Science fiction epic The Expanse has always been good, but during its fifth and latest season, which aired on Amazon Prime this winter, more people seemed to notice just how good it is. The series’s penultimate season is rated 100% fresh on Rotten Tomatoes, with critics commending the actors’ strong performances and the showrunners’ attempt to accurately portray a not-so-distant future in which humans have colonized the Solar System. Based on novels of the same name by James S.A. Corey, the joint pseudonym of authors Daniel Abraham and Ty Franck, The Expanse is singular among recent sci-fi TV for its realism. From the ecological collapse that will push people off of Earth, to space travel (warp drive is a bunch of hooey), to the political dynamics of an interplanetary human society, The Expanse tries to get the details right. And more often than not, it succeeds.
But the show’s commitment to accuracy isn’t limited to its scientific elements, like its realistic depiction of people’s movements in zero-g, and the series has garnered acclaim for more than just its nuanced representation of our hypothetical sociopolitical future. In season five, The Expanse heavily explores themes of trauma, abuse, and intimate partner violence, and more so than many prestige dramas grappling with these topics, the sci-fi series does them justice.
Season five of The Expanse picks up where season four left off—with asteroids hurtling toward an unsuspecting Earth. Sent by Belter freedom-fighter Marco Inaros (Keon Alexander), three rocks impact the planet, killing millions of people and injuring and displacing millions more. While the governments of Earth, Mars, and the Belt scramble to deal with the fallout from this terrorist attack, smaller-scale dramas unfold across the Solar System. The Rocinante is docked for long-term repairs, and the crew are free to pursue personal missions. Among them are Naomi Nagata (Dominique Tipper) and Amos Burton (Wes Chatham), who, in parallel journeys, revisit their past trauma.
“Everybody there is carrying the weight of their history, and some of those histories are terrible.”
While viewers are offered glimpses of the two characters’ backstories in previous seasons of the show, the most recent episodes hold nothing back. In flashback scenes on Earth, the audience meets young Amos, who’s taken in by a flawed, but good-intentioned woman after living on the street. It’s implied that, in addition to joining a gang to survive, he was forced into sex work as a child, illuminating reasons for Amos’s violent tendencies and emotional detachment.
Across the Solar System in the Belt, Naomi searches for Filip (Jasai Chase Owens), the son she was forced to leave, only to be kidnapped by him and reunited with his father—her abuser—Marco and her old comrades. Viewers learn that she was captivated by Marco’s charisma and persuaded to join the Outer Planets Alliance (OPA), a radical movement for Belters’ liberation, when she was young. After giving birth to Filip and growing wary of the OPA’s violent tactics, she attempted to leave. In a ploy to keep her from escaping, Marco hid Filip from Naomi, nearly driving her to suicide. Instead, she left, starting life anew. Held captive aboard Marco’s ship in the present day, Naomi is once again forced to make the harrowing choice to leave Filip, who has been poisoned against his mother by his father, victimized himself by Marco’s emotional abuse.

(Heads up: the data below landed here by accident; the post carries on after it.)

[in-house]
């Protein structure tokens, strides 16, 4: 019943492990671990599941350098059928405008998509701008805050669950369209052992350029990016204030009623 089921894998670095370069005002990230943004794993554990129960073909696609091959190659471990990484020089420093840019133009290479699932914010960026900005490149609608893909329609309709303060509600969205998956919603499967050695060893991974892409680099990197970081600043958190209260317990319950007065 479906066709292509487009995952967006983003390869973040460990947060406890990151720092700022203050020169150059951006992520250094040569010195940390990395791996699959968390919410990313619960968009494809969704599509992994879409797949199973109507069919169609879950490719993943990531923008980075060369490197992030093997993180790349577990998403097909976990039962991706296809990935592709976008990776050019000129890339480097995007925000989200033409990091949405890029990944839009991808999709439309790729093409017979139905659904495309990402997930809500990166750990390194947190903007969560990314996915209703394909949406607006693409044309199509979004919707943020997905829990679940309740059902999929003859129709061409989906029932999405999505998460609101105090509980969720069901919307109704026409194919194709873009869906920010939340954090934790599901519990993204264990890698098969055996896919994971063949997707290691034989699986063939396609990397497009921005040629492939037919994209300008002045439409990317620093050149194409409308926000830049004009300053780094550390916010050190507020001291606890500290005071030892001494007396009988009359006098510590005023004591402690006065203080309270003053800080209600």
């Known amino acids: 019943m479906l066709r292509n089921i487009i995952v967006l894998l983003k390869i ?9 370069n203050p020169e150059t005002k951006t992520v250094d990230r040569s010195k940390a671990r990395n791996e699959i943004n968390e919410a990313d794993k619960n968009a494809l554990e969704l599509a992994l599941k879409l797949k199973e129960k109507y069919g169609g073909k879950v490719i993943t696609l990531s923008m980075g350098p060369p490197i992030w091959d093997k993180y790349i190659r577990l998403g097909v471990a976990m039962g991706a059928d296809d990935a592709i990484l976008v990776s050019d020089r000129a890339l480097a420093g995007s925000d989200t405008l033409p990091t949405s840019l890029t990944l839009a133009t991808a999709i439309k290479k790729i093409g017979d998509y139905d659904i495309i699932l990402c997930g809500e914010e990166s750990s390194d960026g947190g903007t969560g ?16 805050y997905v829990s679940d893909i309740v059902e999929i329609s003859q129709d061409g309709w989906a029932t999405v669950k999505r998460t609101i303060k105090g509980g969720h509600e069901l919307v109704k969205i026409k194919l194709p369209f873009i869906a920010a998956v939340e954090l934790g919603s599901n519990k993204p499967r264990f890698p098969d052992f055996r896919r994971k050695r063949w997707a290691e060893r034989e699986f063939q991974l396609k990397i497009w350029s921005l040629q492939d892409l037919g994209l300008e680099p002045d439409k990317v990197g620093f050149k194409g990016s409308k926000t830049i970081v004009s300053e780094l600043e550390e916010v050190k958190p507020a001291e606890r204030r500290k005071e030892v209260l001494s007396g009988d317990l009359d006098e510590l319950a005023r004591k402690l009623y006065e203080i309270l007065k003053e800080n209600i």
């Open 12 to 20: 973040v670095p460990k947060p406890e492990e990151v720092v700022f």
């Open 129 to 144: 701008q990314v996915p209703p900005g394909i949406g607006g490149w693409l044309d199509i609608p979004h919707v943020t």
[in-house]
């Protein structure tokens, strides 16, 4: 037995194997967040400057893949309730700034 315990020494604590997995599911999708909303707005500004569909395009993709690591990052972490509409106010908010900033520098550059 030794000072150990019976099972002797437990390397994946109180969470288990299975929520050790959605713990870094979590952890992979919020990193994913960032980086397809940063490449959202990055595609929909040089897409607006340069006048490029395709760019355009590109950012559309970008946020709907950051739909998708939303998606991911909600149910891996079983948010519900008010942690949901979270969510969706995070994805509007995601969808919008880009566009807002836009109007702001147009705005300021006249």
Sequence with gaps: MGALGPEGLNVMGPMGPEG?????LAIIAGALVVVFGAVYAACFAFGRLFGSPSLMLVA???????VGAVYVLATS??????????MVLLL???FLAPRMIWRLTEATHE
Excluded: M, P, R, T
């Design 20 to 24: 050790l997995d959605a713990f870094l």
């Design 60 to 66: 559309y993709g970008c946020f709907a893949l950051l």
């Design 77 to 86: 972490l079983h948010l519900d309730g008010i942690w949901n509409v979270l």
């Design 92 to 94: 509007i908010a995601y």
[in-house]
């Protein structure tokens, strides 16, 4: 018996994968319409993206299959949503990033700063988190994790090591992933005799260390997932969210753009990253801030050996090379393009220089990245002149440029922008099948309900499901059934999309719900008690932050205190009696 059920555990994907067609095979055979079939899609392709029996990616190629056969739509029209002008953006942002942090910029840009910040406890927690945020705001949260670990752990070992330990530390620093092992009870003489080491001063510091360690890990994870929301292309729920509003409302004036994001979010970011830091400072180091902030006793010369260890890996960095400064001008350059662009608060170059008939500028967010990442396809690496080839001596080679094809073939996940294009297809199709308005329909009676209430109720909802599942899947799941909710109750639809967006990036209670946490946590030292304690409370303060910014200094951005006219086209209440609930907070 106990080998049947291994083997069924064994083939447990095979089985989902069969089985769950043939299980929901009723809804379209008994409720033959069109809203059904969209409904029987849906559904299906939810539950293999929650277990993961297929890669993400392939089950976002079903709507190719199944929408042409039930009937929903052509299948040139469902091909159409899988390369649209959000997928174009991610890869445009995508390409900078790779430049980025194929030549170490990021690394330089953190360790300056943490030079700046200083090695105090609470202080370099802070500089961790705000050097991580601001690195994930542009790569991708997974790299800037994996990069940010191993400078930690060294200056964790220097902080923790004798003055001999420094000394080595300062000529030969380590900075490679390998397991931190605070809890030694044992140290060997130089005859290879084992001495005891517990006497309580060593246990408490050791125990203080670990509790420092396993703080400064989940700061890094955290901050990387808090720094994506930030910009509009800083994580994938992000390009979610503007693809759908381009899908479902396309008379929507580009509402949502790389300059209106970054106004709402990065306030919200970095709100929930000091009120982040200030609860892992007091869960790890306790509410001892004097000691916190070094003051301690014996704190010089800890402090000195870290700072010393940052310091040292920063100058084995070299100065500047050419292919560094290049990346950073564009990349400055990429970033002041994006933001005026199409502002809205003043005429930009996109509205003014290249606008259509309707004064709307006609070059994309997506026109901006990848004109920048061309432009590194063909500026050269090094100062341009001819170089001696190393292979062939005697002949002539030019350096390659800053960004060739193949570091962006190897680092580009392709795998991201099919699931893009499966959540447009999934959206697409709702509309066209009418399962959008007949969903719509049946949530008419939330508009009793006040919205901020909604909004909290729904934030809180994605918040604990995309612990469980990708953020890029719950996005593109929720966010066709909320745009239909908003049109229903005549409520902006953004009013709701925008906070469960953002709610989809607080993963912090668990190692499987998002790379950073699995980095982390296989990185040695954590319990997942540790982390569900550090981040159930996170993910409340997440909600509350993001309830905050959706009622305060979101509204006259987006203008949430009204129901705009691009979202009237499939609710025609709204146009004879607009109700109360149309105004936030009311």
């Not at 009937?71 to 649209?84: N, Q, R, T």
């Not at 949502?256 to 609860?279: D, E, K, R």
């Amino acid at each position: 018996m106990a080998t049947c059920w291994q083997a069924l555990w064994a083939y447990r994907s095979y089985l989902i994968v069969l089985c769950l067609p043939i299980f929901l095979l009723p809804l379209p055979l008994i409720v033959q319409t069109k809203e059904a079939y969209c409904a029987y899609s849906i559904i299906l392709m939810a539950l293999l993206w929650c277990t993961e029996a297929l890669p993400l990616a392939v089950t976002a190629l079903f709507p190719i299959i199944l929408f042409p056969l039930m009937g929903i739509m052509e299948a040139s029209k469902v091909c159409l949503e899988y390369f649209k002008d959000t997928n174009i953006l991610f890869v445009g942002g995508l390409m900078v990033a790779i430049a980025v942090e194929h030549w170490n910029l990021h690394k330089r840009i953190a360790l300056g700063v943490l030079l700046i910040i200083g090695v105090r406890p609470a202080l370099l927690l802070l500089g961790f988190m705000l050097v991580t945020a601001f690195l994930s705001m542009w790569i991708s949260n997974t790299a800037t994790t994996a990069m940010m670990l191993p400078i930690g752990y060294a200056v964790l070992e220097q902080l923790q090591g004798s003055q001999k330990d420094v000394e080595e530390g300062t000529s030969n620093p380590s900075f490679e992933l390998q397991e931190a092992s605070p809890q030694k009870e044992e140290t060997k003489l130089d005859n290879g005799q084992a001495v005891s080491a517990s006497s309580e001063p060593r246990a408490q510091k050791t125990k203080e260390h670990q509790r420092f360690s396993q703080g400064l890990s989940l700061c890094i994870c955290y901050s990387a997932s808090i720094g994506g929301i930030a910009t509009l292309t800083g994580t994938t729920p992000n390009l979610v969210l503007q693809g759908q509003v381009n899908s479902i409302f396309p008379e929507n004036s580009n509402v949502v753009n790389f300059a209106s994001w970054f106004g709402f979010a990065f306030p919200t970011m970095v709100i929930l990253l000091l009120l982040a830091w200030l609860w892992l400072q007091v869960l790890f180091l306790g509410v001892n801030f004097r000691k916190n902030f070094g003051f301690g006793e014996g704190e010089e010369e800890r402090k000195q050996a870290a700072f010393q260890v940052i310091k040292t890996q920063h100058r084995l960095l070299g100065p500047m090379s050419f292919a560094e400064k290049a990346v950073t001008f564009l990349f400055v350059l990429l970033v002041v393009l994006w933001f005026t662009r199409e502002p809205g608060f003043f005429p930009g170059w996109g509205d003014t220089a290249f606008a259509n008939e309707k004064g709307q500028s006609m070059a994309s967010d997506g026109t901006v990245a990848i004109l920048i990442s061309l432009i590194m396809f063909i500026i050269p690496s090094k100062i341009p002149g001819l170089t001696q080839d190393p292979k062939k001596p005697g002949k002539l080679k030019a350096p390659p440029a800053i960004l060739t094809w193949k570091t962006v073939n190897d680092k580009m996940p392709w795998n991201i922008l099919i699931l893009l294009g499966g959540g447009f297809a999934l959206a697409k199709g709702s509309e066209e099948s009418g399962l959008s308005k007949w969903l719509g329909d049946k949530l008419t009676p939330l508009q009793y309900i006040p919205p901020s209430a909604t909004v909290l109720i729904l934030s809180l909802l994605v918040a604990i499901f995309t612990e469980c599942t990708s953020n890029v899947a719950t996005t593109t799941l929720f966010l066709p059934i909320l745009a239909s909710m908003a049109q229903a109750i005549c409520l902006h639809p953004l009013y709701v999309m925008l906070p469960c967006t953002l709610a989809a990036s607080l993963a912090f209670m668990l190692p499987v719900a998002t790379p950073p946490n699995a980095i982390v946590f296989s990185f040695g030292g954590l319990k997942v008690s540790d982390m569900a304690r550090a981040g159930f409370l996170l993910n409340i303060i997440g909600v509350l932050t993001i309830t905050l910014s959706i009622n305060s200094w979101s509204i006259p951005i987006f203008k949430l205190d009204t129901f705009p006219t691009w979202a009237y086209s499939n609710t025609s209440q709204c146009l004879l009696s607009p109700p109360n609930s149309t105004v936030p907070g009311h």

Can we talk about #TheExpanse having more than one survivor of sexual violence and abuse as a main character?? And that one of them is a white cis man while the other is a woman of color? And they’re both nuanced humans living with trauma, and not reduced to a strong/weak binary?
— ella dawson is writing on patreon (@brosandprose) January 13, 2021
Sex and culture critic Ella Dawson praises these plotlines in a tweet: “Can we talk about #TheExpanse having more than one survivor of sexual violence and abuse as a main character??” In a phone conversation, Abraham and Franck explain that they drew from their personal experiences—with trauma and therapy—when crafting these stories.
“I have certainly been in relationships that were not physically, but emotionally abusive,” Abraham says. “And I spent a lot of time kind of unspooling that, and that informs what I do now.”
Franck connects the themes in season five to his childhood in a fundamentalist, conservative religious group, in which isolation and control played large roles. Abraham notes that it was important to them to make clear in The Expanse that while abuse survivors are impacted by the trauma they’ve endured, they aren’t lessened by it. “Everybody there is carrying the weight of their history, and some of those histories are terrible.”
Speaking to their decision to center abuse survivors in both the novels and on the show, Abraham and Franck also emphasize that, unfortunately, abuse is common. (So common, that allegations of sexual harassment and assault against castmember Cas Anvar necessitated writing the death of his character, Alex Kamal, into the show’s season five finale.) According to the National Coalition Against Domestic Violence, in the US, “one in four women and one in nine men experience severe intimate partner physical violence.” National Children’s Alliance estimates that roughly 700,000 children are abused in America each year. Amos, a white man from Earth, grew up impoverished in Baltimore. Naomi, a Black woman from the Belt, was a successful engineer before meeting Marco. Their backgrounds could not be more different, but as the writers illustrate in this season of The Expanse, trauma is universal.